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Dealing with a Dispute?

Dealing with a Dispute?

Posted 4 years ago by in

Whilst we all hope for harmonious relationships with our clients and suppliers alike, the time will come where you will be faced with a formal dispute where you will need legal support.

However, even with lawyers involved, you still have a part to play.

Here are our top tips for the preparation you can take at the start of a dispute:

1. Gather the Facts
Seek legal advice as soon as possible as this could dictate how you handle the dispute to your best advantage. It will identify your legal position and identify your strengths and weaknesses. However ensure this dialogue with your lawyer is open and honest. Be realistic and don’t hide any damaging evidence as you can be sure that your opponent will know your weaknesses.

Prepare a chronological statement dealing with all the issues and identify all key documents such as any relevant contract, terms and conditions, correspondence and e-mails.

Identify your key personnel who may be called upon to give evidence. Get them to make a written note of their interactions whilst they are still fresh in their minds. These can then be referred to if and when formal witness statements are needed.

Ensure you know your opponent. Source publicly available information regarding their company structure and liquidity. This will help you in your commercial decision-making process, considering if your opponent has funds to pay any potential legal costs or damages.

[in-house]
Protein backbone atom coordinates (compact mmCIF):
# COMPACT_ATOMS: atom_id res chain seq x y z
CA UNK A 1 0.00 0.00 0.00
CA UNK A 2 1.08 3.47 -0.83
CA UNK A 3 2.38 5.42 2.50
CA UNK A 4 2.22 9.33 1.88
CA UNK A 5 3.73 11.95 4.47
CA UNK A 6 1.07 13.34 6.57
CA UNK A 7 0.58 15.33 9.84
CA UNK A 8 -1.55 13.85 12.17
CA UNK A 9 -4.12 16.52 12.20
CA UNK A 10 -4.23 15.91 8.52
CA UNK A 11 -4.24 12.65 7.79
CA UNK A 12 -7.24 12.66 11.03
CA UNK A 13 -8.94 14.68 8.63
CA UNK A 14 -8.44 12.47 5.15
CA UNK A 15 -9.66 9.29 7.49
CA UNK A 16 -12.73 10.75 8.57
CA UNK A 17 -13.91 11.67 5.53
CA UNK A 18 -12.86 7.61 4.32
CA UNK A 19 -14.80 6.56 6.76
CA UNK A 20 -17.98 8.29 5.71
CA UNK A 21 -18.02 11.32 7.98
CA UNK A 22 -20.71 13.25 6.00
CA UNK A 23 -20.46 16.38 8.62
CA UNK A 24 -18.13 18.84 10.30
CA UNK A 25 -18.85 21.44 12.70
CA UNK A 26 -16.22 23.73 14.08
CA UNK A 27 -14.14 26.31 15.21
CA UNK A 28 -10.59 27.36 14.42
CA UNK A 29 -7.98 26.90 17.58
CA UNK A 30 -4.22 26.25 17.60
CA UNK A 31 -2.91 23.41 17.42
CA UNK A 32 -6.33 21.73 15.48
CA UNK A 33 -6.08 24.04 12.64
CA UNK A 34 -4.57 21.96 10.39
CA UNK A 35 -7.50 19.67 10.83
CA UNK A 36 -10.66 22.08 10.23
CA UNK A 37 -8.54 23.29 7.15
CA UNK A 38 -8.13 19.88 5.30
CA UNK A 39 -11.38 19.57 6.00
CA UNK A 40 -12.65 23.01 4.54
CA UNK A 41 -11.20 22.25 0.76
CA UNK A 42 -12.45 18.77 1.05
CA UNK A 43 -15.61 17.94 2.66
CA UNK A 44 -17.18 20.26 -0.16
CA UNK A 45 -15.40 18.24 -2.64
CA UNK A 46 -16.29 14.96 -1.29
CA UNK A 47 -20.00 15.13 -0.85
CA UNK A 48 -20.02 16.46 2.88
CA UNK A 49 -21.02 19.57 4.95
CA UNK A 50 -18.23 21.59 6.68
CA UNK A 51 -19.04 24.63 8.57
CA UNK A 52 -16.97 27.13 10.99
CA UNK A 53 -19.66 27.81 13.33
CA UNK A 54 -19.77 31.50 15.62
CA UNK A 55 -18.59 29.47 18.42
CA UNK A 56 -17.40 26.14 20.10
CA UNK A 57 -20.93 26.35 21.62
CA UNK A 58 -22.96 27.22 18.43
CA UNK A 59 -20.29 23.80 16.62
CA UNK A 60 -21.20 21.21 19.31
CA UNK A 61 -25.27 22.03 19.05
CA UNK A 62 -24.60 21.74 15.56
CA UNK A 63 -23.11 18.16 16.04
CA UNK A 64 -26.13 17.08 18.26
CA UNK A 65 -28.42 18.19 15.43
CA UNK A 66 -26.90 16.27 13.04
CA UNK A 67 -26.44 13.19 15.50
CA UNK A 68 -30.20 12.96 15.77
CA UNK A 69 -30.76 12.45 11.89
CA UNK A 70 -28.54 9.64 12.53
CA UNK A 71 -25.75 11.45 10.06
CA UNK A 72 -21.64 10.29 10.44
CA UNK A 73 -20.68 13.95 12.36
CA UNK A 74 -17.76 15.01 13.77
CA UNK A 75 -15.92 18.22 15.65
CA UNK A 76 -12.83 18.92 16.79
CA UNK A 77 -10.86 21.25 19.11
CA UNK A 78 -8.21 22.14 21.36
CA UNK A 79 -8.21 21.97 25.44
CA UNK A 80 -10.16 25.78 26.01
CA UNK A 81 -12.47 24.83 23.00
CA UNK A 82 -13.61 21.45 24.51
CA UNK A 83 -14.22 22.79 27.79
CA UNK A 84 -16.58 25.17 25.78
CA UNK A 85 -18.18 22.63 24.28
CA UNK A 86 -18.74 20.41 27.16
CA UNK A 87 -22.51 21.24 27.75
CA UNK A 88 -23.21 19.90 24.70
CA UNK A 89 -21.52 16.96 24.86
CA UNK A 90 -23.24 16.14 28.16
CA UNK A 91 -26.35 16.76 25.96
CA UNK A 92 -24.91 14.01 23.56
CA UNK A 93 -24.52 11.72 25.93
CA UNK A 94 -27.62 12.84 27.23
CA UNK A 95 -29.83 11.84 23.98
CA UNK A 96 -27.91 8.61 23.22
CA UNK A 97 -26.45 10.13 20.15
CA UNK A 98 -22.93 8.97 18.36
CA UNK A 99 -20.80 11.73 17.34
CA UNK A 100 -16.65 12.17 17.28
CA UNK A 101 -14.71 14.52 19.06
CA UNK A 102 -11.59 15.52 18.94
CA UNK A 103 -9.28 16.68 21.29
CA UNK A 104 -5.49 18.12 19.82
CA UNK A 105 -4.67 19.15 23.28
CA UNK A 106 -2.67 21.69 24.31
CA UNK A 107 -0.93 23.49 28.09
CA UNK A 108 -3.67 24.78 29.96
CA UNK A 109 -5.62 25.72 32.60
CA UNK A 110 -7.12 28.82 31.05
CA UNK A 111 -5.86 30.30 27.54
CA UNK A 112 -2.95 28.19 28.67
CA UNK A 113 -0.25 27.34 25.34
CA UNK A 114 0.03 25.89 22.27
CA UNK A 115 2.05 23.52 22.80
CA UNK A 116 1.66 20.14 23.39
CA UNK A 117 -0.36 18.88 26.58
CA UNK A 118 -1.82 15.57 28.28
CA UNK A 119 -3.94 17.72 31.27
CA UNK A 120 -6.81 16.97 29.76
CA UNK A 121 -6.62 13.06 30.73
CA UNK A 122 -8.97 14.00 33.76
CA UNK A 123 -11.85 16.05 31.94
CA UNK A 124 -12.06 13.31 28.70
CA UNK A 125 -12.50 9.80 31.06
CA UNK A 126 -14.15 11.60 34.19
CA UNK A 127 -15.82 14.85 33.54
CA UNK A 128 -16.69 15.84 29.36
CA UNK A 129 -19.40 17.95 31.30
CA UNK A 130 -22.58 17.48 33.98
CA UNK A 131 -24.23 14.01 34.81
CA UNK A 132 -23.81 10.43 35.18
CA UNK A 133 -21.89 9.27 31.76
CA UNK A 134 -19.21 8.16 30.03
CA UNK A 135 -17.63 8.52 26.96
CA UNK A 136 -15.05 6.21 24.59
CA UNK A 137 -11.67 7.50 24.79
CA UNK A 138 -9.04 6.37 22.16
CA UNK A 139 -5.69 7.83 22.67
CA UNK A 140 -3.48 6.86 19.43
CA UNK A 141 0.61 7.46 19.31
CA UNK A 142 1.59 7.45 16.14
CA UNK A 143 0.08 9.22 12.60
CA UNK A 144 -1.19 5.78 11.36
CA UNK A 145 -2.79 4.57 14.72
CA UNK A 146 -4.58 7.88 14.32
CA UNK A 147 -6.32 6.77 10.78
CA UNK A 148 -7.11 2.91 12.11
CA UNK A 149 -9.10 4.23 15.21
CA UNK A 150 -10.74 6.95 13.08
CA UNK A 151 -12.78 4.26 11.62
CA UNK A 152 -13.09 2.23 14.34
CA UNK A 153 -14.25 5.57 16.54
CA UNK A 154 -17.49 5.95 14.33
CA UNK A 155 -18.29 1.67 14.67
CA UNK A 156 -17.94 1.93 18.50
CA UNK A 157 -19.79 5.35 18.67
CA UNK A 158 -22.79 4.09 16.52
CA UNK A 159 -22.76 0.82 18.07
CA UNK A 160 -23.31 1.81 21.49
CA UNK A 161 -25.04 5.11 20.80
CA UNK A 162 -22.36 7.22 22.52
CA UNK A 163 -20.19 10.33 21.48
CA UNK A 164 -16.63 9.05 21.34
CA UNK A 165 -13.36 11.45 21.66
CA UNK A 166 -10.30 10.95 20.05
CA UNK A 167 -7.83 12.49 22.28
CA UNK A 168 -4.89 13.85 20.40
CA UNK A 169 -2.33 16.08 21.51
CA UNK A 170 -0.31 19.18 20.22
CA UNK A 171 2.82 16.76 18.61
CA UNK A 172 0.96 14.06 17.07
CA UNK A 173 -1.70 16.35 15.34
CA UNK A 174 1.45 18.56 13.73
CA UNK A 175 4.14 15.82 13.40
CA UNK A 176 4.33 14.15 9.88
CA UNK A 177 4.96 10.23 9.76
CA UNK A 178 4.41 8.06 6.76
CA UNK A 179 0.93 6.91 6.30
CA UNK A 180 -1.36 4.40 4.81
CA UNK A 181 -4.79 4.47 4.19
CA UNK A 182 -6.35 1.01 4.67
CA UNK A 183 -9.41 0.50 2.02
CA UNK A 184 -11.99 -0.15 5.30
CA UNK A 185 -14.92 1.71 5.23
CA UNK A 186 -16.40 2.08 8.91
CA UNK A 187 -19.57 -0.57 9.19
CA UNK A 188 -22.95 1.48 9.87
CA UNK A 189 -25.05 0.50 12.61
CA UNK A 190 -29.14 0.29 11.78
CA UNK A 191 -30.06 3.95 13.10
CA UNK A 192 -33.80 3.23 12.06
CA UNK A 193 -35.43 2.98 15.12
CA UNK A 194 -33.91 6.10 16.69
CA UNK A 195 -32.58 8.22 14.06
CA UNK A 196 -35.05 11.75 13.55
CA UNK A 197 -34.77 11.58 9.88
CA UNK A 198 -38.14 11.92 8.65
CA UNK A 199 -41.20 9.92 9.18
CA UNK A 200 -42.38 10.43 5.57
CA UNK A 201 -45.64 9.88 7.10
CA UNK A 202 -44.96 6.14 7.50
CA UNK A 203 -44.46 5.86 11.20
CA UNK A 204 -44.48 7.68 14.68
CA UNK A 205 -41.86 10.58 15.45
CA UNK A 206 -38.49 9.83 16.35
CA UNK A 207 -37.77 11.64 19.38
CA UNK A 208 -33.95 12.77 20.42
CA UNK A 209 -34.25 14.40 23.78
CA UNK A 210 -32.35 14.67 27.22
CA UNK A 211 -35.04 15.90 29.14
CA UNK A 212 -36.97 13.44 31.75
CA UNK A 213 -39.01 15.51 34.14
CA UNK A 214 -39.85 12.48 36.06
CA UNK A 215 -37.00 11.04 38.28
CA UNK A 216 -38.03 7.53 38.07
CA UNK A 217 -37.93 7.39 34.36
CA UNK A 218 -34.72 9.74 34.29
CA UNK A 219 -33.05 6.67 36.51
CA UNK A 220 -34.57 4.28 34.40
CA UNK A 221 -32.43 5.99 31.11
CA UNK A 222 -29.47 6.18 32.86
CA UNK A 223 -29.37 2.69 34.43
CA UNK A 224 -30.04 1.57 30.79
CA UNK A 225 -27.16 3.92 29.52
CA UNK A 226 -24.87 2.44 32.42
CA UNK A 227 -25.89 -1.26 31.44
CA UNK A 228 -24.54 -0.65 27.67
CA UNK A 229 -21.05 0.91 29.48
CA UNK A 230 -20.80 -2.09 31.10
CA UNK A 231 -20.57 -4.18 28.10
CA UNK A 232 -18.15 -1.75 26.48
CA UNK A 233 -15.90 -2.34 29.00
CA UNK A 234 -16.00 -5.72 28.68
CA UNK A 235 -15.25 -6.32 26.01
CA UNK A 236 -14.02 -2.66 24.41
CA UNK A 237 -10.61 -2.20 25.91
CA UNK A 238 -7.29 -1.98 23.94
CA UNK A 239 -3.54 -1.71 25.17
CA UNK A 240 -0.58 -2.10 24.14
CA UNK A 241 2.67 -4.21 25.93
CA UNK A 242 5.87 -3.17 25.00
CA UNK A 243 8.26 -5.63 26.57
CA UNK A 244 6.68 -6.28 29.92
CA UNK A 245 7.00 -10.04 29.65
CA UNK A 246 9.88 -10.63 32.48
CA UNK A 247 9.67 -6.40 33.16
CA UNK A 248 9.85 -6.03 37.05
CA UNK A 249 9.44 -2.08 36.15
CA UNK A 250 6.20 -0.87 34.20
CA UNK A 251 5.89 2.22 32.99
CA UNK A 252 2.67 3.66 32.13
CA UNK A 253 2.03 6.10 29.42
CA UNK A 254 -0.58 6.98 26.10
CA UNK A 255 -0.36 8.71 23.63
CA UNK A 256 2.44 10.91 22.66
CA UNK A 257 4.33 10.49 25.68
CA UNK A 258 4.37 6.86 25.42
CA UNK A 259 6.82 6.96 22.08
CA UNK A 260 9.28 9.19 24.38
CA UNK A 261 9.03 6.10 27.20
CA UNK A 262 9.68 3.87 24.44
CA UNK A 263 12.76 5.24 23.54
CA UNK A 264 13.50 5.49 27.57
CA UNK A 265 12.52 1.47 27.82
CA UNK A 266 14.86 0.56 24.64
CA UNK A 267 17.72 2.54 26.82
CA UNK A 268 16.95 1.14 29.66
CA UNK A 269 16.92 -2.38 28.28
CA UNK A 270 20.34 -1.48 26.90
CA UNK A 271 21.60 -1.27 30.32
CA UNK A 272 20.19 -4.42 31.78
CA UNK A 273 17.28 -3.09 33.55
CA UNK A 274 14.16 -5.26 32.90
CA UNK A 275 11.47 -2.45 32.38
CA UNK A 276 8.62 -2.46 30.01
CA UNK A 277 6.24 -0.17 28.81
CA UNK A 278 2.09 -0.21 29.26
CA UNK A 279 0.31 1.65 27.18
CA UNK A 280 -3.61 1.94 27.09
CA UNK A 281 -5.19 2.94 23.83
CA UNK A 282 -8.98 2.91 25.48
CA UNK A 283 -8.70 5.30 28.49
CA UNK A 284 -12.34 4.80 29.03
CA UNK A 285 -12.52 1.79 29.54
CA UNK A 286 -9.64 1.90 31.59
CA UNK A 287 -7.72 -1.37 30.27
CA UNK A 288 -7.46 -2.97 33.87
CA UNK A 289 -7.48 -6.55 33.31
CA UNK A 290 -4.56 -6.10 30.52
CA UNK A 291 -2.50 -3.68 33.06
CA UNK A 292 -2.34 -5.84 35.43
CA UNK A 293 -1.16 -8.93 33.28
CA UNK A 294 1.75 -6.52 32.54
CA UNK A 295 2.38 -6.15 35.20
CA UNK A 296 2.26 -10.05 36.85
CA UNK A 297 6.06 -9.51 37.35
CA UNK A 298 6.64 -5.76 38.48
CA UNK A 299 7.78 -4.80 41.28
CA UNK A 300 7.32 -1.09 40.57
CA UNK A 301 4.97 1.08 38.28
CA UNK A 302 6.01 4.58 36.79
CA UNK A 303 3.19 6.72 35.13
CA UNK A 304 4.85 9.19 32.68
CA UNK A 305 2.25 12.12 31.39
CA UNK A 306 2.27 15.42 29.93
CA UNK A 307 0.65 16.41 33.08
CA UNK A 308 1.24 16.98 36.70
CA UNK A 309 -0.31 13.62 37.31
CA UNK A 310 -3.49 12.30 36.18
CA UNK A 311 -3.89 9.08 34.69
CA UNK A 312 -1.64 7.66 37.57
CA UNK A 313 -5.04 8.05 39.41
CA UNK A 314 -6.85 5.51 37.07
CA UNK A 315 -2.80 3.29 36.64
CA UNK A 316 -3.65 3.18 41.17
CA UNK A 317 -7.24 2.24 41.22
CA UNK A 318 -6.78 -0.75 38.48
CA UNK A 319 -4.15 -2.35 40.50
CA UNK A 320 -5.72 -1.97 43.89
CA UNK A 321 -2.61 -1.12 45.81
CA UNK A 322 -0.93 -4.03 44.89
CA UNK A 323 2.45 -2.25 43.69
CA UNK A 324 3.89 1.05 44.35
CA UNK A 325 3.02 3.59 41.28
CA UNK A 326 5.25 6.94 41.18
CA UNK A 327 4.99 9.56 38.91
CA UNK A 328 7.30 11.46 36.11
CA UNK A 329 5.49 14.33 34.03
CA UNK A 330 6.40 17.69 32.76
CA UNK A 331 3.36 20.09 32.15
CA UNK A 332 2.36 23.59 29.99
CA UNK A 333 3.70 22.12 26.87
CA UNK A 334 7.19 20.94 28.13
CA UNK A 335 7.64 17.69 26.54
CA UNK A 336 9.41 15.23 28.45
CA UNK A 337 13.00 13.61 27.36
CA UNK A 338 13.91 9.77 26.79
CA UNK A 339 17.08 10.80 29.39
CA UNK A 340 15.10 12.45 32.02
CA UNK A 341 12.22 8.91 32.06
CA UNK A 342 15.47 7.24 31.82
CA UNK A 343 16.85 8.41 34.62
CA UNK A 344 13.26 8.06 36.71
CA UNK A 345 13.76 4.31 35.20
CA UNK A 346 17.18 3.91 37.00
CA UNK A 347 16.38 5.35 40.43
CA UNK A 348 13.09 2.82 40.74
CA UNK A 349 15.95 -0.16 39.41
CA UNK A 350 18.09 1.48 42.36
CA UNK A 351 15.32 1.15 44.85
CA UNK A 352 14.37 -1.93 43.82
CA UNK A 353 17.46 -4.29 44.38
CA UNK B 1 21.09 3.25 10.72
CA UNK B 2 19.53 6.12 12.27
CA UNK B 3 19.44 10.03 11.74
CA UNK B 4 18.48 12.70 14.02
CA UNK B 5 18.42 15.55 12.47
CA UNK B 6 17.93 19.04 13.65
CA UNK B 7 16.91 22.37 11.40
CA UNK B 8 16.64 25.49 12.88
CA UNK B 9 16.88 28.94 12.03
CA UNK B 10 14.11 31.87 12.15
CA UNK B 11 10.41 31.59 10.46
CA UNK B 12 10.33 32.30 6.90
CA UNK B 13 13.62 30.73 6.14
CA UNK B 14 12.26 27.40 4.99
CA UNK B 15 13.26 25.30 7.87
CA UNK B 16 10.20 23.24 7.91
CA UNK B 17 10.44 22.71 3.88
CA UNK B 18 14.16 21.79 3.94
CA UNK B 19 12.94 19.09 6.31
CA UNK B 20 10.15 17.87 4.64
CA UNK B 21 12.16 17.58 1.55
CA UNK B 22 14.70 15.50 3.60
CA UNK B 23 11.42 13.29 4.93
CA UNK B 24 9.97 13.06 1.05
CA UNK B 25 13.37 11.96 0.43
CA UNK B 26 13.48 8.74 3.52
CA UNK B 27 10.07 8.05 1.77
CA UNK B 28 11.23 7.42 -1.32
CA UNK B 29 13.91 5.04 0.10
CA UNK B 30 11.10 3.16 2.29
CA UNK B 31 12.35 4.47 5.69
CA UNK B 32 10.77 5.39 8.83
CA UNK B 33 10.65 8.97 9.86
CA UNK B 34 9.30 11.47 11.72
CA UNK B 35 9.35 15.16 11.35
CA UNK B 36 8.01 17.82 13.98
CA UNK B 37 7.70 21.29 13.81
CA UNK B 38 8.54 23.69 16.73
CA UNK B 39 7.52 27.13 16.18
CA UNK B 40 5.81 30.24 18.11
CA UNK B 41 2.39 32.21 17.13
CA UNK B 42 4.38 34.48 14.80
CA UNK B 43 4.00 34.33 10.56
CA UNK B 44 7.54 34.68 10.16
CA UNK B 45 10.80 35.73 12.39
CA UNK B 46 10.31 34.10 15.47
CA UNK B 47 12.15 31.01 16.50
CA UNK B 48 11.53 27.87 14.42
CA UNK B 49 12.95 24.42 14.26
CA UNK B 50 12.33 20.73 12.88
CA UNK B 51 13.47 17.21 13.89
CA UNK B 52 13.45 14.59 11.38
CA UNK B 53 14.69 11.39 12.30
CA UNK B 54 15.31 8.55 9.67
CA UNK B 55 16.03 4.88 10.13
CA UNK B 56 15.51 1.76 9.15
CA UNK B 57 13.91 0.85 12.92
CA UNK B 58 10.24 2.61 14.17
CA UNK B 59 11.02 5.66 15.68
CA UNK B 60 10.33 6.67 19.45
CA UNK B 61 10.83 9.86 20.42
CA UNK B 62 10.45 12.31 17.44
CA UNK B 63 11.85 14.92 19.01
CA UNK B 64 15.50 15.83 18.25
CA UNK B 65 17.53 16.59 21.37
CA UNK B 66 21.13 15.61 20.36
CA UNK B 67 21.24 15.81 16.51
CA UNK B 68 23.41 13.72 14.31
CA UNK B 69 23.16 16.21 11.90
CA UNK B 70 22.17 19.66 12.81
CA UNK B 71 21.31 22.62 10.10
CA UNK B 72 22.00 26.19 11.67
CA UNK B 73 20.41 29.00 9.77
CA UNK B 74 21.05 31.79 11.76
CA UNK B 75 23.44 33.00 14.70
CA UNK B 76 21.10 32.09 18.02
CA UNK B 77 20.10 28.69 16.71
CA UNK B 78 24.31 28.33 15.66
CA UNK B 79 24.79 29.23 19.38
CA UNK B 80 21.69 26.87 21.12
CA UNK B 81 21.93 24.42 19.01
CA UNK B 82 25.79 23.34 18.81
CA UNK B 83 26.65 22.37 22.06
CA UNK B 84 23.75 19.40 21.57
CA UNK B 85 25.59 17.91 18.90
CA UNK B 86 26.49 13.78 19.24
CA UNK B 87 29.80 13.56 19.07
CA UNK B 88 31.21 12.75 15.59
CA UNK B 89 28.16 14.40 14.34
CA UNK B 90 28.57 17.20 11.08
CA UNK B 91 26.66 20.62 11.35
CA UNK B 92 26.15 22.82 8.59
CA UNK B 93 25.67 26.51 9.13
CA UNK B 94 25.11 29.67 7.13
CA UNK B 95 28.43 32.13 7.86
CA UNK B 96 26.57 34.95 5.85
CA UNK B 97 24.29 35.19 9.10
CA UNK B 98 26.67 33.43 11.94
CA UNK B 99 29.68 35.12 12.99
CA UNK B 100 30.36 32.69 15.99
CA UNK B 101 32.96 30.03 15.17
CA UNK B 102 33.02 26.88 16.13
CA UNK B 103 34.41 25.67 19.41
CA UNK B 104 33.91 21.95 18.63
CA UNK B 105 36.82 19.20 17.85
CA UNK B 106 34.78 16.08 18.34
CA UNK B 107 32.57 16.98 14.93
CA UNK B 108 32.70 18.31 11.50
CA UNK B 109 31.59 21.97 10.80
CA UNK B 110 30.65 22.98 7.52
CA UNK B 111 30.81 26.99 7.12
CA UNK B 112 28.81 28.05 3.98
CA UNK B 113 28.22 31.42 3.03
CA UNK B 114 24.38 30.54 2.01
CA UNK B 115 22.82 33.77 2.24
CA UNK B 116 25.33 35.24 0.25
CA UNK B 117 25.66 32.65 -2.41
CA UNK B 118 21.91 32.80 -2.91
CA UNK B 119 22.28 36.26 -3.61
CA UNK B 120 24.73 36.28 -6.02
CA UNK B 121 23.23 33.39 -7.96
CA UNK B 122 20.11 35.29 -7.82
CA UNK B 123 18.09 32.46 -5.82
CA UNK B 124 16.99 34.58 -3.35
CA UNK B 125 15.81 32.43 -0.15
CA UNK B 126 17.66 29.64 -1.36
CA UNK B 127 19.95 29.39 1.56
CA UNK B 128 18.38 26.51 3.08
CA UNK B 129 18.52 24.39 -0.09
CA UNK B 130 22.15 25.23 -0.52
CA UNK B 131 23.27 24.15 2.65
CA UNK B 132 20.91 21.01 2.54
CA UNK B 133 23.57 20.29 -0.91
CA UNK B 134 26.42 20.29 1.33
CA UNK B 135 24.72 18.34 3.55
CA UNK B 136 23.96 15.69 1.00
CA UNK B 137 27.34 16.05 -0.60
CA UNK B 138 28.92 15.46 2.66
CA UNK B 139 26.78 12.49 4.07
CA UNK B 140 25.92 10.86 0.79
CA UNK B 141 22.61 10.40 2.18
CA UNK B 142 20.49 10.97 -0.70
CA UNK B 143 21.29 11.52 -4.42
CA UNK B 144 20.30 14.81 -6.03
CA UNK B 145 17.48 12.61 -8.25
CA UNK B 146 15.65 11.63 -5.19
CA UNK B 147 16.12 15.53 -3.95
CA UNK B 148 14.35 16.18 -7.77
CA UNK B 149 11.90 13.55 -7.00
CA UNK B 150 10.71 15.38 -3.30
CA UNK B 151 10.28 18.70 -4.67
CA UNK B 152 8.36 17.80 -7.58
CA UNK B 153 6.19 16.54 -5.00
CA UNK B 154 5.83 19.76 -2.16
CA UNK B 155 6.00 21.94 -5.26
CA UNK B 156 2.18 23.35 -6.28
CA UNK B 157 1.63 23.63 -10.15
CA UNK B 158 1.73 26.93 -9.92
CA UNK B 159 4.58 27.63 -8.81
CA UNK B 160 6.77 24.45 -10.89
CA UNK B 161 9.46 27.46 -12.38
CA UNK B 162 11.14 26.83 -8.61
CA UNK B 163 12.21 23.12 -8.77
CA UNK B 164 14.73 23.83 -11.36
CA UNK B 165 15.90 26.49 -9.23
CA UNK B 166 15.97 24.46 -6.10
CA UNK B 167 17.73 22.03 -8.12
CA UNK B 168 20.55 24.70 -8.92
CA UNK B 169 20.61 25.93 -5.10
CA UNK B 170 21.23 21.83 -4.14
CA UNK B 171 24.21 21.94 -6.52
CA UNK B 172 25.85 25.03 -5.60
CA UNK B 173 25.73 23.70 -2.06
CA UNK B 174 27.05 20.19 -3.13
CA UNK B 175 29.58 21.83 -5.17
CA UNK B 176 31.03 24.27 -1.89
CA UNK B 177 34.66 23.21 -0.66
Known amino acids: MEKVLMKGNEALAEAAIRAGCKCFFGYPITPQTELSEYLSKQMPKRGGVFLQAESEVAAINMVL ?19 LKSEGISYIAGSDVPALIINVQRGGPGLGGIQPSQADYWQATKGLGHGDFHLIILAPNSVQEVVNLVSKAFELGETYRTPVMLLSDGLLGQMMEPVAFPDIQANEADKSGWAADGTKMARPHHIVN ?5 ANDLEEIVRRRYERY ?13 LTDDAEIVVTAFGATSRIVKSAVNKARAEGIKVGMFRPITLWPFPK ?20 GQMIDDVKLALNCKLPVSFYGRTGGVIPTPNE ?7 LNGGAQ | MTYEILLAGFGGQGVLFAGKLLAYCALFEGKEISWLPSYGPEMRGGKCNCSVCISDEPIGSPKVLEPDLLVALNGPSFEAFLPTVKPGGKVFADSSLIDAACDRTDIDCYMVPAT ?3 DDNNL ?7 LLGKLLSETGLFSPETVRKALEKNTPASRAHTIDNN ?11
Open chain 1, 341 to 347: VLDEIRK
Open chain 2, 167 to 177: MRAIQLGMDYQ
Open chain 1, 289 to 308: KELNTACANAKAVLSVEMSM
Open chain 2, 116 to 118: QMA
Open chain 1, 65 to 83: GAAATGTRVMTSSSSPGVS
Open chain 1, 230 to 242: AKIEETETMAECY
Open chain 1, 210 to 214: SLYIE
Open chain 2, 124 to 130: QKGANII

2. Goals and Outcomes
The first question I ask all my clients, is what is your desired outcome. With some clients, their opponent forms part of a larger strategic relationship. So in those scenarios an amicable resolution rather than formal court action is in everybody’s interest.

When you are armed with the facts and advice it might be possible to head off an escalating dispute with an off the record (“without prejudice”) meeting with your opponent, to clear the air and hopefully reach agreement, or at least narrow issues between you.

Consider the potential responses you may get from your opponent. This means you will be prepared for all responses, but again helps identify your strength and weakness in the matter.

3. Consider costs and benefits
It is imperative for you to consider legal costs, time, strengths and weakness of your matter early on, as this will shape your strategy.

Get clear information on timescales and costs of all various options, and ensure they fall in line with the day to day operation of the business. For example, if you are about to launch a new product /services, you need to consider your availability if you were also involved in legal proceedings alongside this, and put in place any relevant contingency plans.


If you find yourselves faced with a fall out with a client/supplier, please feel free to give Aequitas Legal a call on 0161 358 0800 for a no strings attached chat.

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